Reunion in France

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Reunion in France
Posterreunionusx.jpg
Directed by Jules Dassin
Produced by Joseph L. Mankiewicz
Written by Story:
Leslie Bush-Fekete
Contributing Writer:
Charles Hoffman)
Screenplay by Jan Lustig
Marvin Borowsky
Marc Connelly
Starring Joan Crawford
John Wayne
Philip Dorn
Music by Franz Waxman
Cinematography Robert H. Planck
Edited by Elmo Veron
Distributed by Metro-Goldwyn-Mayer
Release date(s)
  • December 25, 1942 (1942-12-25)
Running time 102 min.
Country United States
Language English
Budget $1,054,000[1]
Box office $1,863,000[1]

Reunion in France (1942) is a Metro-Goldwyn-Mayer feature film starring Joan Crawford, John Wayne, and Phillip Dorn in a story about a woman in occupied France who, learning her well-heeled lover has Nazi connections, aids a downed American flyer. The film was directed by Jules Dassin and Ava Gardner has a tiny role as a Parisian shopgirl.

Plot[edit]

1940 in Paris, Michele de la Becque (Joan Crawford) is a career woman in love with industrial designer Robert Cortot (Philip Dorn). Together they enjoy a luxurious lifestyle unfazed by the approach of World War II. After the Battle of France and subsequent German occupation, Michele discovers her lover is socializing with Nazi officers and his plants are manufacturing weapons for the Nazis. She confronts him and he does not deny her evidence. She is outraged. She aids a downed American in the Eagle Squadron of the Royal Air Force bomber pilot Pat Talbot (John Wayne) from Pennsylvania and finds herself falling in love with him. Later, she discovers Cortot is turning out defective weapons for the Nazis and organizing a French fighting force. Michele is happily reunited with Cortot.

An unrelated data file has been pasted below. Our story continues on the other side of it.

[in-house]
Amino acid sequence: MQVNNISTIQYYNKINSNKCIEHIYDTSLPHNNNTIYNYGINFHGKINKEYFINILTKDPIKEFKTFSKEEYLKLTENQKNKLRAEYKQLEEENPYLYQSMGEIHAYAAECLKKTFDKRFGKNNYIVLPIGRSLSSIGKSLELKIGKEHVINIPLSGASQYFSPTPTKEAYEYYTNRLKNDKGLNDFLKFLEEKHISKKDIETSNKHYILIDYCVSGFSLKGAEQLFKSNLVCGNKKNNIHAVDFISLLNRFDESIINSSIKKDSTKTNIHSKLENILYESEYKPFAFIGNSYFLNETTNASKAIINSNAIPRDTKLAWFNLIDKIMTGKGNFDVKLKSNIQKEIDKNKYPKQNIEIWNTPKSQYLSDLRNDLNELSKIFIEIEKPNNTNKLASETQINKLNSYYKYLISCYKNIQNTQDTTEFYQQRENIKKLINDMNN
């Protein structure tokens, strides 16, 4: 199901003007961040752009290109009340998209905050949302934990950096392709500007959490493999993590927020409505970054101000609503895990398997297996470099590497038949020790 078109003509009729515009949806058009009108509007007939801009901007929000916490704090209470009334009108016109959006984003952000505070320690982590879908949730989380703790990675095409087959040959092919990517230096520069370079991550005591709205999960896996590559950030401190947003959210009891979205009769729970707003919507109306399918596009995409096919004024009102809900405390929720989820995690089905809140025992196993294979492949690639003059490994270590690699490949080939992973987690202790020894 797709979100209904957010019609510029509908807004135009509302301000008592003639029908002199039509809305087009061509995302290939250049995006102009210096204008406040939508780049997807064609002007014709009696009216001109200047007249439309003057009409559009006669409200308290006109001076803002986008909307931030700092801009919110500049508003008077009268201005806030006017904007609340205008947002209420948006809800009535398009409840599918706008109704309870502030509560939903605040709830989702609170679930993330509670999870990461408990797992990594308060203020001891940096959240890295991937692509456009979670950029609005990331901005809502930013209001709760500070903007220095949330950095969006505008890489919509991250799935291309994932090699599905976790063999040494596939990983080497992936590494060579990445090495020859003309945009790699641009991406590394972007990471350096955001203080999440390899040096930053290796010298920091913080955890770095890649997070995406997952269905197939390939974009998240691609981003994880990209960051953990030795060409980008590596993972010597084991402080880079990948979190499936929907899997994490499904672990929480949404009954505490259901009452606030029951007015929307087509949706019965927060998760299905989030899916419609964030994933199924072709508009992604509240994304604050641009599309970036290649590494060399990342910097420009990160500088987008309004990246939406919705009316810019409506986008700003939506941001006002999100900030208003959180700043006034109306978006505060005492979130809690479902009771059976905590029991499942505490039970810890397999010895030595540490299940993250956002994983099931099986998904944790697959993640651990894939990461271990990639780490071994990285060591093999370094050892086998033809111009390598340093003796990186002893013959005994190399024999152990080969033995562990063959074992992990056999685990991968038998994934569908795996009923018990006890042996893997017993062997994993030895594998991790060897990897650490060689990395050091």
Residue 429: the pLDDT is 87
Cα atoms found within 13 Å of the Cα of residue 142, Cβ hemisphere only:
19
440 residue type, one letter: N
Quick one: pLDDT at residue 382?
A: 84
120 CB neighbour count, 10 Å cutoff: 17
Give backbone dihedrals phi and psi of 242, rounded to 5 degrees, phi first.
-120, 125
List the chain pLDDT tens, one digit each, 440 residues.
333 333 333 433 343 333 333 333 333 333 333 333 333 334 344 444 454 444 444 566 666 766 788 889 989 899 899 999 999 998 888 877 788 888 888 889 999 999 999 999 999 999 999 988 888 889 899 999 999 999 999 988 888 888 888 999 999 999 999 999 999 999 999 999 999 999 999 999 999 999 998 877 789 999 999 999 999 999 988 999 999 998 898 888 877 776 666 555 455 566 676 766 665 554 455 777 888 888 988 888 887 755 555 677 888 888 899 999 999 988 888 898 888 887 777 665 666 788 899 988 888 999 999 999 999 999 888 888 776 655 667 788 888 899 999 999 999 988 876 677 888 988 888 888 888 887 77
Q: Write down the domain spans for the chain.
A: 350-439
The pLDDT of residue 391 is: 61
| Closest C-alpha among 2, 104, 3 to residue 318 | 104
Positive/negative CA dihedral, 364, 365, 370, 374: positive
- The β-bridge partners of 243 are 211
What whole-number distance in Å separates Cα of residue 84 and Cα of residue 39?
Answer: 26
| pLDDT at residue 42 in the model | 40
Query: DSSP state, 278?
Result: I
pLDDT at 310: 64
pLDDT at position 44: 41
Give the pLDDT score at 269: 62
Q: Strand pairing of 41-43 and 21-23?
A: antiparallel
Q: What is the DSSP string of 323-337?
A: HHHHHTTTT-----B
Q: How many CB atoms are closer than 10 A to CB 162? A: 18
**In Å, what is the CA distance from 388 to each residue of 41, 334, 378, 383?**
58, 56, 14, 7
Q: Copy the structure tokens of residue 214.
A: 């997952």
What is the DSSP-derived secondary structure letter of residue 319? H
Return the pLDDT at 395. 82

Cast[edit]

Reception[edit]

The movie made $1,046,000 in the US and Canada and $817,000 elsewhere, earning MGM a profit of $222,000.[1]

Film Daily noted, "The film, directed capably by Jules Dassin, has been given a first-rate production by Joseph L. Mankiewicz."[2]

T.S. in the New York Times observed, "If Reunion in France is the best tribute that Hollywood can muster to the French underground forces of liberation, then let us try another time. [The film] ... is ...simply a stale melodramatic exercise for a very popular star. In the role of a spoiled rich woman who finds her "soul" in the defeat of France, Joan Crawford is adequate to the story provided her, but that is hardly adequate to the theme."[citation needed]

Years after making the film, Joan Crawford was quoting as saying this about Reunion in France: "Oh God. If there is an afterlife and I am to be punished for my sins, this is one of the pictures they'll make me see over and over again. John Wayne and I both went down for the count, not just because of a silly script but because we were so mismatched. Get John out of the saddle and you've got trouble." [3]

See also[edit]

References[edit]

  1. ^ a b c The Eddie Mannix Ledger, Los Angeles: Margaret Herrick Library, Center for Motion Picture Study .
  2. ^ Quirk, Lawrence J.. The Films of Joan Crawford. The Citadel Press, 1968.
  3. ^ Bona, Damien. Starring John Wayne as Genghis Khan: Hollywood's All-Time Worst Casting Blunders. Citadel Press, 1996.

External links[edit]